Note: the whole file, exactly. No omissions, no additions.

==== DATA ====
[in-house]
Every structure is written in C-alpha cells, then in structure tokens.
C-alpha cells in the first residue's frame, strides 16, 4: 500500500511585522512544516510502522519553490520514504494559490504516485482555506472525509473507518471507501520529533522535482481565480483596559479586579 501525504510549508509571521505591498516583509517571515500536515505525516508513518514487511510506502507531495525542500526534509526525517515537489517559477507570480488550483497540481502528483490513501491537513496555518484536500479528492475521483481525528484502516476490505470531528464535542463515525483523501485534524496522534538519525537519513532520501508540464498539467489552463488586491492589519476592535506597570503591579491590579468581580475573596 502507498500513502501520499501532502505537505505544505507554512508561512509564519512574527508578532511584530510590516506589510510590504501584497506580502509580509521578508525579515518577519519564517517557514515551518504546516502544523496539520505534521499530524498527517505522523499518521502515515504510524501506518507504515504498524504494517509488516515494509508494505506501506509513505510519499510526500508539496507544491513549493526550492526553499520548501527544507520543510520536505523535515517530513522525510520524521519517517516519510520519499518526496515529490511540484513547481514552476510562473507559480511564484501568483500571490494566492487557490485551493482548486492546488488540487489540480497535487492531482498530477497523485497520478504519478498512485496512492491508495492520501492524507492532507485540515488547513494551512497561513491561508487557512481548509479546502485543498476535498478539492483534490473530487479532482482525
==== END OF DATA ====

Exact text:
[in-house]
Every structure is written in C-alpha cells, then in structure tokens.
C-alpha cells in the first residue's frame, strides 16, 4: 500500500511585522512544516510502522519553490520514504494559490504516485482555506472525509473507518471507501520529533522535482481565480483596559479586579 501525504510549508509571521505591498516583509517571515500536515505525516508513518514487511510506502507531495525542500526534509526525517515537489517559477507570480488550483497540481502528483490513501491537513496555518484536500479528492475521483481525528484502516476490505470531528464535542463515525483523501485534524496522534538519525537519513532520501508540464498539467489552463488586491492589519476592535506597570503591579491590579468581580475573596 502507498500513502501520499501532502505537505505544505507554512508561512509564519512574527508578532511584530510590516506589510510590504501584497506580502509580509521578508525579515518577519519564517517557514515551518504546516502544523496539520505534521499530524498527517505522523499518521502515515504510524501506518507504515504498524504494517509488516515494509508494505506501506509513505510519499510526500508539496507544491513549493526550492526553499520548501527544507520543510520536505523535515517530513522525510520524521519517517516519510520519499518526496515529490511540484513547481514552476510562473507559480511564484501568483500571490494566492487557490485551493482548486492546488488540487489540480497535487492531482498530477497523485497520478504519478498512485496512492491508495492520501492524507492532507485540515488547513494551512497561513491561508487557512481548509479546502485543498476535498478539492483534490473530487479532482482525